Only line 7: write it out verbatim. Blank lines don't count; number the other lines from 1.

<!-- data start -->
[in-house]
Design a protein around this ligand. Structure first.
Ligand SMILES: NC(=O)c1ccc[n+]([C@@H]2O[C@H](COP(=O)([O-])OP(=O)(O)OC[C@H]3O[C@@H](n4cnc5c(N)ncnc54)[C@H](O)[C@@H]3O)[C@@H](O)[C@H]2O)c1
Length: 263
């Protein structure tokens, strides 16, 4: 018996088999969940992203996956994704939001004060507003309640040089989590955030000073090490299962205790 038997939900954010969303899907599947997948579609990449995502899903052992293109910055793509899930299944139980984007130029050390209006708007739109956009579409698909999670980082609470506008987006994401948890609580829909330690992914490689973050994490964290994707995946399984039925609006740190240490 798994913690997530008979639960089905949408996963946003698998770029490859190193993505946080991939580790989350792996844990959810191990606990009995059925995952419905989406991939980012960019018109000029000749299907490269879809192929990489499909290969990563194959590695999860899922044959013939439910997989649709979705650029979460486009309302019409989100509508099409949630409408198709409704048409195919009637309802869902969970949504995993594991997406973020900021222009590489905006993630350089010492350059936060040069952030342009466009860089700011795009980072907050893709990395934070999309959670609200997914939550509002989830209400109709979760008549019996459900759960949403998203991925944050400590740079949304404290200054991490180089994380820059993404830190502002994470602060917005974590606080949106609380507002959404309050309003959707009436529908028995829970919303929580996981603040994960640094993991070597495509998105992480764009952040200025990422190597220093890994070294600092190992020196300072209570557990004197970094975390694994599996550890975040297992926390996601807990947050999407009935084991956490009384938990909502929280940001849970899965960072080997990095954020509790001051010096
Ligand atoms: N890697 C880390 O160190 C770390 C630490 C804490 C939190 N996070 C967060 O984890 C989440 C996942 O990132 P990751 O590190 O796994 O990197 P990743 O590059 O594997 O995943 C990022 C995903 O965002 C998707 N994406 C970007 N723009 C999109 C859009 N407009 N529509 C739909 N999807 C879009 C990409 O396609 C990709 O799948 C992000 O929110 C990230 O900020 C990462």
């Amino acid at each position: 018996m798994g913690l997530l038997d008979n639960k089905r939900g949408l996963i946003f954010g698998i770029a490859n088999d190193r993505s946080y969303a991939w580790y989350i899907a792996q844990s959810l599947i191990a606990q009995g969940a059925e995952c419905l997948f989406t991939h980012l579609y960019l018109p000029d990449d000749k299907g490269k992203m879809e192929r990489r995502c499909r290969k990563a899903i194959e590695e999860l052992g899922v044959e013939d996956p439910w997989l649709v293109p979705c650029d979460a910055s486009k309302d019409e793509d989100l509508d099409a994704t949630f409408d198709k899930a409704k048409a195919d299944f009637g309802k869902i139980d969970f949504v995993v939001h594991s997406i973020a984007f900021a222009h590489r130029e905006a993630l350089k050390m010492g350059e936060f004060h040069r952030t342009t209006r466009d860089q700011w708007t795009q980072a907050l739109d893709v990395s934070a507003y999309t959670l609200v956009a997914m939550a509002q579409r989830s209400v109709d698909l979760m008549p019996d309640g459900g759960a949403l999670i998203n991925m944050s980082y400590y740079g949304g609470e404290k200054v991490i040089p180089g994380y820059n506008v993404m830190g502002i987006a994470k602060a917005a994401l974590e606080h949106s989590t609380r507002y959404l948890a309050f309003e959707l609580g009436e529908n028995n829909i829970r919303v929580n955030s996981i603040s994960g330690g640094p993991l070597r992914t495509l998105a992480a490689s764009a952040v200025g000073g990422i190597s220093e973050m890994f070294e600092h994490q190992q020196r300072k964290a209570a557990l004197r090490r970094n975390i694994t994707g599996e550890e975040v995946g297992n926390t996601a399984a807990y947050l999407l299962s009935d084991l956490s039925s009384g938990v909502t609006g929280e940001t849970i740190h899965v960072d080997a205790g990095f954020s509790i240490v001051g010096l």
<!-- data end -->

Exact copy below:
């Amino acid at each position: 018996m798994g913690l997530l038997d008979n639960k089905r939900g949408l996963i946003f954010g698998i770029a490859n088999d190193r993505s946080y969303a991939w580790y989350i899907a792996q844990s959810l599947i191990a606990q009995g969940a059925e995952c419905l997948f989406t991939h980012l579609y960019l018109p000029d990449d000749k299907g490269k992203m879809e192929r990489r995502c499909r290969k990563a899903i194959e590695e999860l052992g899922v044959e013939d996956p439910w997989l649709v293109p979705c650029d979460a910055s486009k309302d019409e793509d989100l509508d099409a994704t949630f409408d198709k899930a409704k048409a195919d299944f009637g309802k869902i139980d969970f949504v995993v939001h594991s997406i973020a984007f900021a222009h590489r130029e905006a993630l350089k050390m010492g350059e936060f004060h040069r952030t342009t209006r466009d860089q700011w708007t795009q980072a907050l739109d893709v990395s934070a507003y999309t959670l609200v956009a997914m939550a509002q579409r989830s209400v109709d698909l979760m008549p019996d309640g459900g759960a949403l999670i998203n991925m944050s980082y400590y740079g949304g609470e404290k200054v991490i040089p180089g994380y820059n506008v993404m830190g502002i987006a994470k602060a917005a994401l974590e606080h949106s989590t609380r507002y959404l948890a309050f309003e959707l609580g009436e529908n028995n829909i829970r919303v929580n955030s996981i603040s994960g330690g640094p993991l070597r992914t495509l998105a992480a490689s764009a952040v200025g000073g990422i190597s220093e973050m890994f070294e600092h994490q190992q020196r300072k964290a209570a557990l004197r090490r970094n975390i694994t994707g599996e550890e975040v995946g297992n926390t996601a399984a807990y947050l999407l299962s009935d084991l956490s039925s009384g938990v909502t609006g929280e940001t849970i740190h899965v960072d080997a205790g990095f954020s509790i240490v001051g010096l």